The short-lived U.S. Camel Corps in action


1876 – The Transcontinental Express train arrives in San Francisco a record 83 hours and 39 minutes after leaving New York City

1878 – The Cyprus Convention, a secret agreement between the Ottoman Empire and the United Kingdom, grants the UK control over Cypress in exchange for British support of the Ottomans during the Congress of Berlin, and British use of the island as a base against possible Russian aggression

1881 – Natalya Goncharova born, Russian modernist painter-sculptor-stage designer


Linen by Natalya Goncharova (Tate)


1896 – Henry Ford completes the Ford Quadricycle, his first gasoline-powered automobile, and gives it a successful test run on the streets of Detroit



1912 – Massachusetts becomes the first state of the United States to enact a minimum wage law, which only applies to women and children under 18 years of age and doesn’t set a standard wage, just a panel to study complaints about low wages; employers who are found to pay wages inadequate to cover the cost of living and maintain a worker’s health, are reprimanded by having their names printed in local newspapers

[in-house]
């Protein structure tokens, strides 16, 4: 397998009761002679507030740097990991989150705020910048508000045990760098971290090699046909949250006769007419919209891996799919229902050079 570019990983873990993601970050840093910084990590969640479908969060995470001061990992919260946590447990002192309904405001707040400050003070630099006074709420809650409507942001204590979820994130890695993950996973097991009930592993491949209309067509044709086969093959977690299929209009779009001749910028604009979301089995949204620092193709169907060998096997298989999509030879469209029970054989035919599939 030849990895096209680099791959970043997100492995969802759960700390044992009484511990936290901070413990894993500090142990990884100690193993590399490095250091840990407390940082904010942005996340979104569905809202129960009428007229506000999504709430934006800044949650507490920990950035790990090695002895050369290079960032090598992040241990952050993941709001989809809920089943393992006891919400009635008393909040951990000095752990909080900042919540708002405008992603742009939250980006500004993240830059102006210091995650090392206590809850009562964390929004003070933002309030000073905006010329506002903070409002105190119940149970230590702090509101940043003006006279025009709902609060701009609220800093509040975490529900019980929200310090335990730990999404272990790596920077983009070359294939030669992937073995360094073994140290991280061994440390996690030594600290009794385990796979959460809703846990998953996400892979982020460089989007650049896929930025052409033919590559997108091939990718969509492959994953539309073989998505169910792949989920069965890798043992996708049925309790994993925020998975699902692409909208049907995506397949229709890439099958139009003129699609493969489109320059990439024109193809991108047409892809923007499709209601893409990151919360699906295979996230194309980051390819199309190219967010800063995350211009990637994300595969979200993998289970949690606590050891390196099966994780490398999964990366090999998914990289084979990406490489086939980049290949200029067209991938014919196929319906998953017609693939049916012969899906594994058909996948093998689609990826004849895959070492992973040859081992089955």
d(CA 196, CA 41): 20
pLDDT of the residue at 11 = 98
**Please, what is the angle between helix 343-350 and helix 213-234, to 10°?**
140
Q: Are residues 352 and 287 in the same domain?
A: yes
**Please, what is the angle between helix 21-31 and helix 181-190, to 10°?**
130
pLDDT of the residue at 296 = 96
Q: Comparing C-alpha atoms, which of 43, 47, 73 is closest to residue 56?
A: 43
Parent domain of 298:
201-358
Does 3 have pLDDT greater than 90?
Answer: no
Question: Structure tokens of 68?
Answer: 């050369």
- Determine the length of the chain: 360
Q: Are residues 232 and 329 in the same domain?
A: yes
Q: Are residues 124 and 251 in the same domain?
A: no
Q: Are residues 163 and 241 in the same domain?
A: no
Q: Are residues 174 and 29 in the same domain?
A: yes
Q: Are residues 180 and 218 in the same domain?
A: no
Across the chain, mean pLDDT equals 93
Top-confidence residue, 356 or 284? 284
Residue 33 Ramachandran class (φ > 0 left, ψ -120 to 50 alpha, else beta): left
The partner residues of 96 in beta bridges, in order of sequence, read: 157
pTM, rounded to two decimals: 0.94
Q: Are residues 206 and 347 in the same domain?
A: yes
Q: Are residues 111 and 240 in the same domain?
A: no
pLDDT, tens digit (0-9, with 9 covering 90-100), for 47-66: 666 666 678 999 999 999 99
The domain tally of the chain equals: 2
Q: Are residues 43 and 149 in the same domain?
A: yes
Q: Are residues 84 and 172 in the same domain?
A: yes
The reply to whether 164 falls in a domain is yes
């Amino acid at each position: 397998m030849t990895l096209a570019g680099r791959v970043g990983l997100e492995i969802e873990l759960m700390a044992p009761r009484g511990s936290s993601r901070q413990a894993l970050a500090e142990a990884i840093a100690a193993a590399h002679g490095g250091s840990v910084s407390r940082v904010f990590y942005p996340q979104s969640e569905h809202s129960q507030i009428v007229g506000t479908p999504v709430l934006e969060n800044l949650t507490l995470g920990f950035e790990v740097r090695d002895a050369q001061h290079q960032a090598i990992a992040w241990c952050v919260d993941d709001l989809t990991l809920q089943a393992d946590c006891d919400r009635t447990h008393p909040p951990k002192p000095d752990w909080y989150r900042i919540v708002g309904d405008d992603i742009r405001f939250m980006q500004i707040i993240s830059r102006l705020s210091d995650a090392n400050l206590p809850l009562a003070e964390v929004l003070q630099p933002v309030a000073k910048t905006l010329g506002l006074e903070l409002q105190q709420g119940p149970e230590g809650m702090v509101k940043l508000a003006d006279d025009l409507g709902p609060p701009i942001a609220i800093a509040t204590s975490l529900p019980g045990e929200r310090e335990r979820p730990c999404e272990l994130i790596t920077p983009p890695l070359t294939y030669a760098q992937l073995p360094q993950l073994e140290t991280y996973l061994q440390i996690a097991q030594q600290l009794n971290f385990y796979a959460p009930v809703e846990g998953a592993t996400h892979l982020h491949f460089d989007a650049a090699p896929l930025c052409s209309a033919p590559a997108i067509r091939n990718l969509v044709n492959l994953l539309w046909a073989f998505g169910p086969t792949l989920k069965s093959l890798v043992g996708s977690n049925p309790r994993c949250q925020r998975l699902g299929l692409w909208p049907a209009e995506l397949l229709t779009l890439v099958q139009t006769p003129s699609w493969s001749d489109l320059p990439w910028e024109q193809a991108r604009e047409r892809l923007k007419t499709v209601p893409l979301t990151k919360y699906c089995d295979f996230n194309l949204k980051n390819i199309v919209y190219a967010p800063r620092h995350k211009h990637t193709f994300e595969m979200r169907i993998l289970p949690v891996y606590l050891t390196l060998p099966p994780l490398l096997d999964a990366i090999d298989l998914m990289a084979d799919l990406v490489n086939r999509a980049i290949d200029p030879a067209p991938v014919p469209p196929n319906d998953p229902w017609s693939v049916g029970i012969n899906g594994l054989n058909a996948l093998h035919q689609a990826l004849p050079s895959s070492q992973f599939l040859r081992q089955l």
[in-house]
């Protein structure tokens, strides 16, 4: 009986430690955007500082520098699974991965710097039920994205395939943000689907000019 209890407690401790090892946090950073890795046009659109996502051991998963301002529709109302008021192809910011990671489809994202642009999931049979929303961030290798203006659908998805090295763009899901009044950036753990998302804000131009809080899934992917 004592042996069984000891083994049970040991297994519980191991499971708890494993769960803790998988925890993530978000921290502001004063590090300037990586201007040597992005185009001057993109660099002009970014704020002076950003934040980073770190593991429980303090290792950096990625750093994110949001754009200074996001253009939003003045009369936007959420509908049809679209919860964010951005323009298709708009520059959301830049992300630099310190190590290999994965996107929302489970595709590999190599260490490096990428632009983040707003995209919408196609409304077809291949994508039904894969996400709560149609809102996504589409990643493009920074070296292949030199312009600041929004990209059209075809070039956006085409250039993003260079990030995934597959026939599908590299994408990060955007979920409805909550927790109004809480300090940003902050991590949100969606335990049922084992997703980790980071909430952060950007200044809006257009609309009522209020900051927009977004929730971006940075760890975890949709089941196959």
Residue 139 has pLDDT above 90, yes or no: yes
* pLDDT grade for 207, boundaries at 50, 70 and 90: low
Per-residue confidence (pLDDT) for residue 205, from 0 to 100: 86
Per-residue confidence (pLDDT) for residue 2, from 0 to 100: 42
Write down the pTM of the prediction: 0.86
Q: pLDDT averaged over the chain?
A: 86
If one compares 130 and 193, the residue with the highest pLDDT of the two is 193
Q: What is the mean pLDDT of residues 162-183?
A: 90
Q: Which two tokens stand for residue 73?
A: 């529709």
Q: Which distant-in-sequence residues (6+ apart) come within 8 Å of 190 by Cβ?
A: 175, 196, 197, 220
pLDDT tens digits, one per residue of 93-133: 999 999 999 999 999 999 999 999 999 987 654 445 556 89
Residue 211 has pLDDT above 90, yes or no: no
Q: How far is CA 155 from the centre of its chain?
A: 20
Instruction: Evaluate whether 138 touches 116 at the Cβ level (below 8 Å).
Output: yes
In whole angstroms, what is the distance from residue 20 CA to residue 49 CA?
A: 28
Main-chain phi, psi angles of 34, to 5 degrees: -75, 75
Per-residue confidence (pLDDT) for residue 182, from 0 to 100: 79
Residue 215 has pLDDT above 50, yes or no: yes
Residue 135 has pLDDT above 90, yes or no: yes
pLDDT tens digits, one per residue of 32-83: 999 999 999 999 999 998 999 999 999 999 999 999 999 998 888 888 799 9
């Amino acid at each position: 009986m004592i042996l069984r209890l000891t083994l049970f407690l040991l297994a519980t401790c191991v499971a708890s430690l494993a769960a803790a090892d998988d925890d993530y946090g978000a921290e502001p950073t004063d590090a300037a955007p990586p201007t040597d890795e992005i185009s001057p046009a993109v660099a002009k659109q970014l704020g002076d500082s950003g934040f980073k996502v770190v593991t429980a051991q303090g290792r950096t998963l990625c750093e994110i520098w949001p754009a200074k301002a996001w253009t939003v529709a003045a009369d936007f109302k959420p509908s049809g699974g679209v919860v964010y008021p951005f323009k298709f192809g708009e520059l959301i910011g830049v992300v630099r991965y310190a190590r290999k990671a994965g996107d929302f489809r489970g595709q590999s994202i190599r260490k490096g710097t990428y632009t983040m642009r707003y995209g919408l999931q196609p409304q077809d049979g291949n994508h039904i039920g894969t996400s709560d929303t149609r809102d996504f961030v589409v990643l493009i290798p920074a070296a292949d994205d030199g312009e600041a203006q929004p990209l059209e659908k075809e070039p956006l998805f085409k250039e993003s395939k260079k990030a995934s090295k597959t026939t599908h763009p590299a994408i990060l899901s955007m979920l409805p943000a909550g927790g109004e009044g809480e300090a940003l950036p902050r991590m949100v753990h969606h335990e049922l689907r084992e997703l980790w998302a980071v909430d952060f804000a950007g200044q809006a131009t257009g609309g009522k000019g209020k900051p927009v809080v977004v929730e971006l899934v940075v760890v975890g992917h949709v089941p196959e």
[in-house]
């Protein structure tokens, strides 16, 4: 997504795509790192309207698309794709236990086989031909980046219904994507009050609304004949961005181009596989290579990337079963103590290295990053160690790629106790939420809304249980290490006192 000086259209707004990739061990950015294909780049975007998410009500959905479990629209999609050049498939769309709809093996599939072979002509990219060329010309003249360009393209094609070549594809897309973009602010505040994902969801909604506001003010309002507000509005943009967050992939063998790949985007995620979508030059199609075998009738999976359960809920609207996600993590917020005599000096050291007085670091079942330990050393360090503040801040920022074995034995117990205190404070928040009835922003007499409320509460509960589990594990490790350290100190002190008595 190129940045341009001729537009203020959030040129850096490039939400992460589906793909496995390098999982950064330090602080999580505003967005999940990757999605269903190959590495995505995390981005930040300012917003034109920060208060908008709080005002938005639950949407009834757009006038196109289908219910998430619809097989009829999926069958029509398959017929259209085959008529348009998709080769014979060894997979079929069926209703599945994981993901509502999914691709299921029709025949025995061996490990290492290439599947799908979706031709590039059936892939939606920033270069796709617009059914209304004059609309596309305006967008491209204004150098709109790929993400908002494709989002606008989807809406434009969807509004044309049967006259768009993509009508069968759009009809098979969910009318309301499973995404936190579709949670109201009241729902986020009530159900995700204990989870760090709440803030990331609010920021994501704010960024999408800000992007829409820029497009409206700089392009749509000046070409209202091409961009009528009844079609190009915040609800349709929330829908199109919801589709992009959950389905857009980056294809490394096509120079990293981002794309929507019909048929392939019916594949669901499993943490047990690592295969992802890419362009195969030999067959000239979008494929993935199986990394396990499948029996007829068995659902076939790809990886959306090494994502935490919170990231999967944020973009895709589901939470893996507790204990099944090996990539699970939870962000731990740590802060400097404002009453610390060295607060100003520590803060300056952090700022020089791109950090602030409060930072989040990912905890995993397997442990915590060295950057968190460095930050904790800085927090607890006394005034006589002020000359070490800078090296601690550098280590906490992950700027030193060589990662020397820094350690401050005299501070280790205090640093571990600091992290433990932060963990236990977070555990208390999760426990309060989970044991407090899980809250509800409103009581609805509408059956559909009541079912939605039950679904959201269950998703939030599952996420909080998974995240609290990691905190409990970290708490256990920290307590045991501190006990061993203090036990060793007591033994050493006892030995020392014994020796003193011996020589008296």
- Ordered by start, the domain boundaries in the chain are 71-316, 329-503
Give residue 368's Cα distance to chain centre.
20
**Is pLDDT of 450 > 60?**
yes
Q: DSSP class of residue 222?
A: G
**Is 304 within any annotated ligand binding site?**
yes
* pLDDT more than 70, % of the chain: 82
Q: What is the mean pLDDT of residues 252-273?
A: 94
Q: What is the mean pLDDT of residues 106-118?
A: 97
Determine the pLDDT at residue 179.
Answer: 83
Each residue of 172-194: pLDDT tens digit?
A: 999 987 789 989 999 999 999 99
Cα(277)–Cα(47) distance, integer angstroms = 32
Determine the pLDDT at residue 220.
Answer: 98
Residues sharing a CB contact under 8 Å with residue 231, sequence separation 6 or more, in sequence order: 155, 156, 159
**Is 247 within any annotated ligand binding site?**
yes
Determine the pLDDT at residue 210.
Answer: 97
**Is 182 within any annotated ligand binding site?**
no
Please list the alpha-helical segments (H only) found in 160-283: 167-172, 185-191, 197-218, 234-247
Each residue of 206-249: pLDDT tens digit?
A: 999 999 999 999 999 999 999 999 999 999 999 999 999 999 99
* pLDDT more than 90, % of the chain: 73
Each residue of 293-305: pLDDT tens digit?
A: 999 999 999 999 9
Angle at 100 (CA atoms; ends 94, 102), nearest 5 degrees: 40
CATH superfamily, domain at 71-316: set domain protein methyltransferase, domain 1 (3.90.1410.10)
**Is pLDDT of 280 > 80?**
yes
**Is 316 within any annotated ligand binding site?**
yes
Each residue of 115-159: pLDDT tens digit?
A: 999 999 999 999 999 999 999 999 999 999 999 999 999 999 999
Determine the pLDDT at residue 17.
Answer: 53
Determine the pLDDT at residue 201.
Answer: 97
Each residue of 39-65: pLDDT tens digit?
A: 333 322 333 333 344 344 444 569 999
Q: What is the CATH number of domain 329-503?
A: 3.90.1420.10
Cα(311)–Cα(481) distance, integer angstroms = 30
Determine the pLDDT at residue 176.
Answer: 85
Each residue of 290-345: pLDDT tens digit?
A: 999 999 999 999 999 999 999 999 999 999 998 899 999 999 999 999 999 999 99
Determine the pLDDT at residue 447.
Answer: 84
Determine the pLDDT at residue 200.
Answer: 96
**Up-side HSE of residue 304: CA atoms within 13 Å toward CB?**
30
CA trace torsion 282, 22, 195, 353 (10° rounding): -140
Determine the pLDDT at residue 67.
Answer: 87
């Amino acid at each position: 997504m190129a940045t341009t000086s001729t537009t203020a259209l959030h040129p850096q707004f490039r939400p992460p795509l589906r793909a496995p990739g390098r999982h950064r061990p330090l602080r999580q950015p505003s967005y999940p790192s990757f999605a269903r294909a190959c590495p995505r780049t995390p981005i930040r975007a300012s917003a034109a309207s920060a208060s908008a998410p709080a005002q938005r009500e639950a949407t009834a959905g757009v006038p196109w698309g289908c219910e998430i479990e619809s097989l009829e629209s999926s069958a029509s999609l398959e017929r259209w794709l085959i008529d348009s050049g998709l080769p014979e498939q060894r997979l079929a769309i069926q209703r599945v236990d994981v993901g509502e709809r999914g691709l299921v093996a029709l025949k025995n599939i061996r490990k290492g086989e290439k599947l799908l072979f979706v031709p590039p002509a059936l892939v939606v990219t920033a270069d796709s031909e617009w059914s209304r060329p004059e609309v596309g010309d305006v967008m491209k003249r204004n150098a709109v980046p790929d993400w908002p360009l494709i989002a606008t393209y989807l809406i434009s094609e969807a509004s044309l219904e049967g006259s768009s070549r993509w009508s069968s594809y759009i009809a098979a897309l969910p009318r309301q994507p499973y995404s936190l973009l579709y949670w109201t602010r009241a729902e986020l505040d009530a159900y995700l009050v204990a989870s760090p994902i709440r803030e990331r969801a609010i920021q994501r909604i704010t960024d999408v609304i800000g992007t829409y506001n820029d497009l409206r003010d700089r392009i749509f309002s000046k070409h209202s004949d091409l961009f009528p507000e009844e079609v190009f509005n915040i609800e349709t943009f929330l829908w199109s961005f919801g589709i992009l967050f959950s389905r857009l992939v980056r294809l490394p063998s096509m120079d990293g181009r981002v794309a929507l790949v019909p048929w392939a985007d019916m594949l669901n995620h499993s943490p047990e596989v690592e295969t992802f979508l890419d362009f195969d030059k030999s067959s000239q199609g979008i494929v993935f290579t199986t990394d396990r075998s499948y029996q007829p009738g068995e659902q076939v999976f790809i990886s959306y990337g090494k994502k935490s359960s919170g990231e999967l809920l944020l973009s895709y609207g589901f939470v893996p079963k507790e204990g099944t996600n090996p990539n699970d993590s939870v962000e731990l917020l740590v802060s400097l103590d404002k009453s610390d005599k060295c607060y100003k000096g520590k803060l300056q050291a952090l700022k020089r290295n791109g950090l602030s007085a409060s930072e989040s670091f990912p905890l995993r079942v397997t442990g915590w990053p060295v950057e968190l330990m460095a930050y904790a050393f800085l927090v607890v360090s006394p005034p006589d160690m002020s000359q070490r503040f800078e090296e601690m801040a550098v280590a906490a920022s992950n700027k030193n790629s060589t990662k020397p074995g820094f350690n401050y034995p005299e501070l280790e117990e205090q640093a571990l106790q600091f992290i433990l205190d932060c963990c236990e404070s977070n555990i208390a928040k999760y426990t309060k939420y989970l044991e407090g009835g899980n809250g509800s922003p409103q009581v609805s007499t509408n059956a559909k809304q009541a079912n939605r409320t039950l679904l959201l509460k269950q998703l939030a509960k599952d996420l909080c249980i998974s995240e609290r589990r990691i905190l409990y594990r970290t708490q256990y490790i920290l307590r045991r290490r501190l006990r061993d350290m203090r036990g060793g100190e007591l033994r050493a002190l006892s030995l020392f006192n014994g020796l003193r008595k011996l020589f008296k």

1913 – Bruno Bettinelli born, Italian composer



1913 – Emily Davison, a suffragette, runs out in front of King George V’s horse at the Epsom Derby. She is trampled, never regains consciousness, and dies four days later

1917 – The first Pulitzer Prizes are awarded

1919 – The U.S. Congress finally approves the 19th Amendment to the Constitution, which guarantees suffrage to women, and sends it to the U.S. states for ratification

1920 – Hungary loses 71% of its land and 63% of its population in the post-WWI Treaty of Trianon, breaking up the remnants of the Austro-Hungarian Empire

1929 – George Eastman demonstrates the first Technicolor movie in Rochester NY